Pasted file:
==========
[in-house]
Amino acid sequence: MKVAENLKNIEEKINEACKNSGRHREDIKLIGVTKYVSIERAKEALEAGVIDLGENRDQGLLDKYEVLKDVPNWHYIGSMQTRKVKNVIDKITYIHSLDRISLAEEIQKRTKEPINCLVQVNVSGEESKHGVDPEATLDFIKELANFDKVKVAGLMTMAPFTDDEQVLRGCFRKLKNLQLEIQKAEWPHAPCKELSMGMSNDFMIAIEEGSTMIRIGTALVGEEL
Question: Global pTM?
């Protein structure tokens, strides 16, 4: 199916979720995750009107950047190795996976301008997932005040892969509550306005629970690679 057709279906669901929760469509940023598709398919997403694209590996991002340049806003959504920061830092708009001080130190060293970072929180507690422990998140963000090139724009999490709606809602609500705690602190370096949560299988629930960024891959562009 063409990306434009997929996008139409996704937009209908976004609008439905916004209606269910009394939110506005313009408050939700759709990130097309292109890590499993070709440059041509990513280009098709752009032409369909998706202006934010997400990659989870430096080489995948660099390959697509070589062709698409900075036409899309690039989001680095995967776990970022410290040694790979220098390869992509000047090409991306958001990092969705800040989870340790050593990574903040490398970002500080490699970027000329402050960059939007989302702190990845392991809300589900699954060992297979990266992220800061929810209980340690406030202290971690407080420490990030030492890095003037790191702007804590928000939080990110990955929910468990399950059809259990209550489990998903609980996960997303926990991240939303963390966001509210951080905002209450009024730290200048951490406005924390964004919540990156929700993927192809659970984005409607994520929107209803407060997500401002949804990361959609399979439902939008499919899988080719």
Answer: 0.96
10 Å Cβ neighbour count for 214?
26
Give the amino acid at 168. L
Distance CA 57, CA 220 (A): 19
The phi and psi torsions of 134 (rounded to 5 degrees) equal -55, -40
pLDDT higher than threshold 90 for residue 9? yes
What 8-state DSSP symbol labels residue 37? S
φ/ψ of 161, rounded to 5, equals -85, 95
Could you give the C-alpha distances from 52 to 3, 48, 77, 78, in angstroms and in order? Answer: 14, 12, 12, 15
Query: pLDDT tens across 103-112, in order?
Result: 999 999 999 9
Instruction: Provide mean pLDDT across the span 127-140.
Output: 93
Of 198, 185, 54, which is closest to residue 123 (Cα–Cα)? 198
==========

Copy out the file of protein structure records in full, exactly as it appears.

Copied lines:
[in-house]
Amino acid sequence: MKVAENLKNIEEKINEACKNSGRHREDIKLIGVTKYVSIERAKEALEAGVIDLGENRDQGLLDKYEVLKDVPNWHYIGSMQTRKVKNVIDKITYIHSLDRISLAEEIQKRTKEPINCLVQVNVSGEESKHGVDPEATLDFIKELANFDKVKVAGLMTMAPFTDDEQVLRGCFRKLKNLQLEIQKAEWPHAPCKELSMGMSNDFMIAIEEGSTMIRIGTALVGEEL
Question: Global pTM?
């Protein structure tokens, strides 16, 4: 199916979720995750009107950047190795996976301008997932005040892969509550306005629970690679 057709279906669901929760469509940023598709398919997403694209590996991002340049806003959504920061830092708009001080130190060293970072929180507690422990998140963000090139724009999490709606809602609500705690602190370096949560299988629930960024891959562009 063409990306434009997929996008139409996704937009209908976004609008439905916004209606269910009394939110506005313009408050939700759709990130097309292109890590499993070709440059041509990513280009098709752009032409369909998706202006934010997400990659989870430096080489995948660099390959697509070589062709698409900075036409899309690039989001680095995967776990970022410290040694790979220098390869992509000047090409991306958001990092969705800040989870340790050593990574903040490398970002500080490699970027000329402050960059939007989302702190990845392991809300589900699954060992297979990266992220800061929810209980340690406030202290971690407080420490990030030492890095003037790191702007804590928000939080990110990955929910468990399950059809259990209550489990998903609980996960997303926990991240939303963390966001509210951080905002209450009024730290200048951490406005924390964004919540990156929700993927192809659970984005409607994520929107209803407060997500401002949804990361959609399979439902939008499919899988080719």
Answer: 0.96
10 Å Cβ neighbour count for 214?
26
Give the amino acid at 168. L
Distance CA 57, CA 220 (A): 19
The phi and psi torsions of 134 (rounded to 5 degrees) equal -55, -40
pLDDT higher than threshold 90 for residue 9? yes
What 8-state DSSP symbol labels residue 37? S
φ/ψ of 161, rounded to 5, equals -85, 95
Could you give the C-alpha distances from 52 to 3, 48, 77, 78, in angstroms and in order? Answer: 14, 12, 12, 15
Query: pLDDT tens across 103-112, in order?
Result: 999 999 999 9
Instruction: Provide mean pLDDT across the span 127-140.
Output: 93
Of 198, 185, 54, which is closest to residue 123 (Cα–Cα)? 198